How to Get Your Book Published
Lately, I’ve been getting a number of emails from people asking how to get their first book published. Enough that I realized there was still a need for some step-by-step guidelines.
So, you have a book and you want to get it published.
1.) Make sure the book is ready for editors, agents and readers at large to see it. What all you need to do to clear this step really depends on your own level of skill. You may need to go through a number of rounds of critiques and revisions to get your book ready, or you may only need a set or two of other eyes to make sure the book is up to “out for the world” standards.
For your first reader, I suggest someone you trust, but who will be honest with you about basic things like sentence structure and grammar.You really need to make sure you have a decent grip on these things before you go any further. This doesn’t mean the book has to pass a grammarians microscope, but you need to be able to write clear sentences that are for the most part free of typos, etc. If you can’t do this yet, stop and review the basics. Maybe take a class on basic writing.
Once you are past this step, look for a few people to read your book and give you honest feedback. You can ask your mother, but unless she has some professional connection to reading or writing, her opinion doesn’t count. Instead look for other writers who are also looking for critiques or a reading group. When I wrote my first manuscript, I found a book club willing to read it and give me feedback. It was scary, but I knew they read the type of book I had written and respected their opinion. (Note: They were though probably a little too kind. Which is why other writers are a better bet.) Also, the bit about reading the type of book that I had written IS important. Often I see people taking the advice of other writers/readers who never read the type of book they have written. Don’t do that. Look for people who might actually buy your genre in a store. They are your readers and your readers are really what matters for your success.
After you have gotten these first few layers of feedback, find one last person to give your book a (hopefully) final “this is good” look over. Again someone who will be honest with you and who “gets” the type of book you have written.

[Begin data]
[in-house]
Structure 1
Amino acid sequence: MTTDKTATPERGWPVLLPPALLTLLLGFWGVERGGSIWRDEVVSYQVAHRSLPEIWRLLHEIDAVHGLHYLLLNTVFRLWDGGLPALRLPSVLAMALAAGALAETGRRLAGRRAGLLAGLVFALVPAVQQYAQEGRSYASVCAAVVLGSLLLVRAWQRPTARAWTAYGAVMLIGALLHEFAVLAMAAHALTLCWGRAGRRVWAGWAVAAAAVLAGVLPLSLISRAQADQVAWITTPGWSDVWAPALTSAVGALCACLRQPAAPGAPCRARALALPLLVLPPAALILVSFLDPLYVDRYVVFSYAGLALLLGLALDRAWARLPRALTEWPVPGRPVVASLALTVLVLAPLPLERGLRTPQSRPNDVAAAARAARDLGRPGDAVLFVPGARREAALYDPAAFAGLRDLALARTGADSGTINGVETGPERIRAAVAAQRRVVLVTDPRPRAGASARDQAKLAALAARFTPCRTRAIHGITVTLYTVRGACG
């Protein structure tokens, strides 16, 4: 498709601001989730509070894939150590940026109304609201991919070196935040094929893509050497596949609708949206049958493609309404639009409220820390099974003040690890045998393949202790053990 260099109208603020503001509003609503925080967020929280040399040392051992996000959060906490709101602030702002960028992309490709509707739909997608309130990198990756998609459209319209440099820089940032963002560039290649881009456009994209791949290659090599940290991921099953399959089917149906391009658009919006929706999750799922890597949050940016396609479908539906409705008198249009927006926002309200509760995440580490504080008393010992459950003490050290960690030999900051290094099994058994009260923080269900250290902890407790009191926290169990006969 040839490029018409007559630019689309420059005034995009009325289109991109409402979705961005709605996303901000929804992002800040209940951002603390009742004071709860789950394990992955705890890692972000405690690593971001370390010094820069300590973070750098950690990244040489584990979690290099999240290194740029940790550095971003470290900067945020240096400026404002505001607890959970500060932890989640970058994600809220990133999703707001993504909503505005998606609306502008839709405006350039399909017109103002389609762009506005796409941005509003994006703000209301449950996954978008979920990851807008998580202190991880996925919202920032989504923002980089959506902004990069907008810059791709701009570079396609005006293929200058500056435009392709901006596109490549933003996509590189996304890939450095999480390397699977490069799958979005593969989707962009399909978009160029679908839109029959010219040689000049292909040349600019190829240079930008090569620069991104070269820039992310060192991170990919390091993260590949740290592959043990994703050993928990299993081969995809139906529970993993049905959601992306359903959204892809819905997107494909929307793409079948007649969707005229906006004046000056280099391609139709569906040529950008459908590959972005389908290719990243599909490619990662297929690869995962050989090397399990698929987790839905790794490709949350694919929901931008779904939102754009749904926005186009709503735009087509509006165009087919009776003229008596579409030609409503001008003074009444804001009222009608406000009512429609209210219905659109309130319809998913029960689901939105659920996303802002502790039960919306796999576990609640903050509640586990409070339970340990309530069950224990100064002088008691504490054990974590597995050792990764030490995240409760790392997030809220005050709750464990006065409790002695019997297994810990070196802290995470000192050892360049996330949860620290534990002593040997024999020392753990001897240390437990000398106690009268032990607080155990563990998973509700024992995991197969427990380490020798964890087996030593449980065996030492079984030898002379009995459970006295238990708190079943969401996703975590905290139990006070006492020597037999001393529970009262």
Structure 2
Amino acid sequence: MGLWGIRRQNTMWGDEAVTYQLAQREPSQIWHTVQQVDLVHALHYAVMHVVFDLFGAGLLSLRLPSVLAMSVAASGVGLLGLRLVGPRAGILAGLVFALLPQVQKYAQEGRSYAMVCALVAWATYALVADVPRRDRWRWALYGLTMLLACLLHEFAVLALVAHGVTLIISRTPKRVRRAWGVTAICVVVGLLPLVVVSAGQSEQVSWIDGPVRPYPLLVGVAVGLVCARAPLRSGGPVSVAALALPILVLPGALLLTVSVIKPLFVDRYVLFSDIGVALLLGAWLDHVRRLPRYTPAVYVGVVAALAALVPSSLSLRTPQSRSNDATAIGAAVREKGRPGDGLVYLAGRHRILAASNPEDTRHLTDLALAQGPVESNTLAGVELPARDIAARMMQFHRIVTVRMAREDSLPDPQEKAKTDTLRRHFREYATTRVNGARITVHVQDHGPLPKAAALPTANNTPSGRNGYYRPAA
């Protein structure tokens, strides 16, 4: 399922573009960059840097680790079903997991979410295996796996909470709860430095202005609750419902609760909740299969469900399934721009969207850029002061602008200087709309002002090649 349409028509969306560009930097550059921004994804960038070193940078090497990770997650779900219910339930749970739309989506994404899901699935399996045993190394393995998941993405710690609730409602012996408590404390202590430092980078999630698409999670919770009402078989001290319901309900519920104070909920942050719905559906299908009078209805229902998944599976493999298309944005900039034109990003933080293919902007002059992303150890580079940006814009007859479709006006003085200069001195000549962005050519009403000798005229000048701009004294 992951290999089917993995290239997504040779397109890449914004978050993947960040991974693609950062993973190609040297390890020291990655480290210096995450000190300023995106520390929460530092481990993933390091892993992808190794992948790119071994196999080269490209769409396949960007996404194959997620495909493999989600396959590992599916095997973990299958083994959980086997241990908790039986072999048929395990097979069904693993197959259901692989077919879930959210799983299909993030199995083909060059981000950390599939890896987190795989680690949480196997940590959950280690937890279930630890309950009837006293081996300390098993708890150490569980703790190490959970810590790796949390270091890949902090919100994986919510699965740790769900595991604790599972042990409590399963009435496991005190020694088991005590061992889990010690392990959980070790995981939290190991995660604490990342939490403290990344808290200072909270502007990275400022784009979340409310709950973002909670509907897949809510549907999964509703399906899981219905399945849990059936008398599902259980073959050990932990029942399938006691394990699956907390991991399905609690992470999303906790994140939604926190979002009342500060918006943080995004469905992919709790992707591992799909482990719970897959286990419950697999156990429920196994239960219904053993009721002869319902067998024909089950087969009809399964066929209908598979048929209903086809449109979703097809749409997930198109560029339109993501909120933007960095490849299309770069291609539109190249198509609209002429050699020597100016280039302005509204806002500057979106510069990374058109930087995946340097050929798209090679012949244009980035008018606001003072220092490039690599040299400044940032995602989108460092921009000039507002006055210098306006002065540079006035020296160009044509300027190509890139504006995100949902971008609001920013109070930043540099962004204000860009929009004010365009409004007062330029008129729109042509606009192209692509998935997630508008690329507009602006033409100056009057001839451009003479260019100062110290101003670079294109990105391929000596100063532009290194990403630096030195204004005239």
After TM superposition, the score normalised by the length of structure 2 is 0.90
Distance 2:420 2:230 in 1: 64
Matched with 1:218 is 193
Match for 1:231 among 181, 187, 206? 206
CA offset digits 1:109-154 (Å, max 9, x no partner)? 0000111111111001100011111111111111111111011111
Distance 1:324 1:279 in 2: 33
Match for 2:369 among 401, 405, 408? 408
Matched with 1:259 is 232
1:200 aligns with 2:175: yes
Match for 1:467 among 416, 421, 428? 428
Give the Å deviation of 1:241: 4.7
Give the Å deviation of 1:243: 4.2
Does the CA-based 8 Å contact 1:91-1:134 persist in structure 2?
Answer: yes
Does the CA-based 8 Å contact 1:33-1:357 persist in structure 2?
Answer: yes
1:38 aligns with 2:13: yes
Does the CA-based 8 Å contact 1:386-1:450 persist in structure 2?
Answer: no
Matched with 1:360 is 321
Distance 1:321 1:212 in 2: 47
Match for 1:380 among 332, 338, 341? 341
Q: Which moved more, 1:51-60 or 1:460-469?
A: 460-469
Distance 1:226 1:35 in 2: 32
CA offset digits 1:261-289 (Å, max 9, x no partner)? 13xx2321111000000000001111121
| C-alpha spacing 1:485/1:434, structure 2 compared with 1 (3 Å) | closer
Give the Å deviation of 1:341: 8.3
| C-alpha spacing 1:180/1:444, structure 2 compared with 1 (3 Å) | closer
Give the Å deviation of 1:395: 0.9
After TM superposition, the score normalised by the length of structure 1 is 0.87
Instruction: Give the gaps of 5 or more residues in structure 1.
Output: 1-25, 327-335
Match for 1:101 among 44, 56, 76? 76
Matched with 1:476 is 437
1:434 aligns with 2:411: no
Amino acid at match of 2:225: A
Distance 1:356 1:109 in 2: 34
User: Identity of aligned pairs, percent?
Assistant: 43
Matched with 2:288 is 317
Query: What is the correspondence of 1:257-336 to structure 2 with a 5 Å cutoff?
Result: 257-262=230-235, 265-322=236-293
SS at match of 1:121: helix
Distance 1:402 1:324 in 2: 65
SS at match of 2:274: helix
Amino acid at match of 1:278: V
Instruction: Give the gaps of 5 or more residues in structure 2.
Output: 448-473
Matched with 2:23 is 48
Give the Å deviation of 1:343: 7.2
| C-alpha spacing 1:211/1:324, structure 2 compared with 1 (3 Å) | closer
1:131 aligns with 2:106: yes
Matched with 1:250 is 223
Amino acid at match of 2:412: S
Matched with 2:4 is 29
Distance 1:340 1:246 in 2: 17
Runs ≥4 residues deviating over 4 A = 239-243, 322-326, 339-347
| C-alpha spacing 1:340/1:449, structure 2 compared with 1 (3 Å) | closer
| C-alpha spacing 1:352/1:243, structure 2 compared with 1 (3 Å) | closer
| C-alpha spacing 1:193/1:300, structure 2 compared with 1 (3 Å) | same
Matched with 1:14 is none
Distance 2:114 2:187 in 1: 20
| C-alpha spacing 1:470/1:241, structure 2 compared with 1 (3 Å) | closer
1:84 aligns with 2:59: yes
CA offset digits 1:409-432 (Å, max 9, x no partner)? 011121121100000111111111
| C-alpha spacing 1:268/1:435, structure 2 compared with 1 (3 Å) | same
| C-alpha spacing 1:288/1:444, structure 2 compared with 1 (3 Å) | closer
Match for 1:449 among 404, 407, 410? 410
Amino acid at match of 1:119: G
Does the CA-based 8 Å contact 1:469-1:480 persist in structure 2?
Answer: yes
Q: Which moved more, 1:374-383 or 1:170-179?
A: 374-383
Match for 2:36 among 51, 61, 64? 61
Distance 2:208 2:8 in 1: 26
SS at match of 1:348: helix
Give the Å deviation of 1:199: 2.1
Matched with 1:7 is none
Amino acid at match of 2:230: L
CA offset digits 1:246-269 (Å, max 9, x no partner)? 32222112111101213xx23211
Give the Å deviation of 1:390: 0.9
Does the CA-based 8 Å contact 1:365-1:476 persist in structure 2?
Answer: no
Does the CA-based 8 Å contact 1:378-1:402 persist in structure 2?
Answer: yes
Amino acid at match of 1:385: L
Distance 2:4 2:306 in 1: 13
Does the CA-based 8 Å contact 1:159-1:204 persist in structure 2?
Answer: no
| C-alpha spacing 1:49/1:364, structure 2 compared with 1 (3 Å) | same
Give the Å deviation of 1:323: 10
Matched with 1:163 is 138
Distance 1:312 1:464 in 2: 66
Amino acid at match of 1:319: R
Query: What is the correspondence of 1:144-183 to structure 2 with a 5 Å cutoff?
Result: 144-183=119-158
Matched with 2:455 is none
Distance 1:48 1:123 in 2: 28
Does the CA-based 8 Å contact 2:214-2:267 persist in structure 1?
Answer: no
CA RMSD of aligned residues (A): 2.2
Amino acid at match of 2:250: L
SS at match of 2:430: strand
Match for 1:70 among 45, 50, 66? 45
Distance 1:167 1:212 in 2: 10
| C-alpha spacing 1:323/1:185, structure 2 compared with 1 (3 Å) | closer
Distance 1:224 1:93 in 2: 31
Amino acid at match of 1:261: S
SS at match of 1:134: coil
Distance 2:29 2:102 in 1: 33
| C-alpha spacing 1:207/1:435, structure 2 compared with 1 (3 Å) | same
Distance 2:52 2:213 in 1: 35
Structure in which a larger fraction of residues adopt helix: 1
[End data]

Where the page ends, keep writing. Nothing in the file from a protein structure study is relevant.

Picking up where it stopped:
Repeat any and all of the above steps until you are confident you have a book that people would pay money to read.
(Need help finding critique partners? Look for writing groups locally and online. Sisters in Crime and Romance Writers of America, if mystery or romance is your genre, are great places to start. There are also people who offer critique services or editing services for a fee. These might work for you, but I would save them for the final step. You don’t want to pay someone for something another writer can point out to you for free.)
2.) Submit to agents and/or editors. This is, of course, assuming that you want to go the traditional route of having a publisher publish your book for you rather than publishing it yourself through KDP (Amazon) or Pubit (Barnes & Noble), etc. The most important part of this step is making sure the agent/editor is legit. Anyone can call themselves an agent. Don’t send to every name you find on the Internet – or meet at a conference. Do your research. Signing with an agent is a BIG LEGALLY BINDING deal. Don’t be stupid.
I like Agent Query for the first step in researching agents. You can search by genre and keywords and it is FREE. Use this to compile a list of agents who say they take the type of book you have written.
Then Google them. Visit their web site. How many clients do they seem to have? What publishers have they sold to? If they have only sold to publishers that you could sell to without an agent, mark them off your list. You want someone who can get you something that you can’t get on your own. You don’t want an agent just so you can say you have one – and pay them 15%.
Also visit other web sites that mention them. Check out what has been said about them online. Look for interviews.
These steps not only help you screen agents, they also give you good information to use in your query. “I saw in your interview at very important blog that you are looking for witty dog mysteries.” This will show the agent you are a smart and professional writer who has done his/her homework. That is a good thing.
You can also submit directly to some editors. Visit the publishing house’s web site to see if they take non-agented submissions.
Once you get requests from agents, it is time for more research. That’s right MORE research. You have done enough initial research to feel comfortable sending off the requested materials, but before they make an offer, track down a few writers who they represent or who they have represented and ask some questions. If you are a member of any writing groups, this may be as simple as posting on the email loop. “Does anyone know anything about Very Important Agent? If so, email me privately at…” I did this more than once and the information I received was often enlightening. You can also cold email other writers, but be aware that many will not be as forthcoming as they could be if they don’t know you personally. Still it doesn’t hurt to ask. Just be polite about it and realize they do not have to tell you anything.
Oh and don’t do this until after the agent has requested a full from you. Asking for the first 50 pages or so is a very preliminary step. Too preliminary to waste other authors’ time.
And that is it. That is how you get published. There are other ways. I sold my first book without an agent, directly to an editor at a conference. But the agent to editor route is still the norm.
Go forth, polish your book and then submit!
And good luck.
(Have any other questions? Post them here and I will either reply or use them as a basis for another blog post.)More on: critique group • editors • finding a literary agent • get published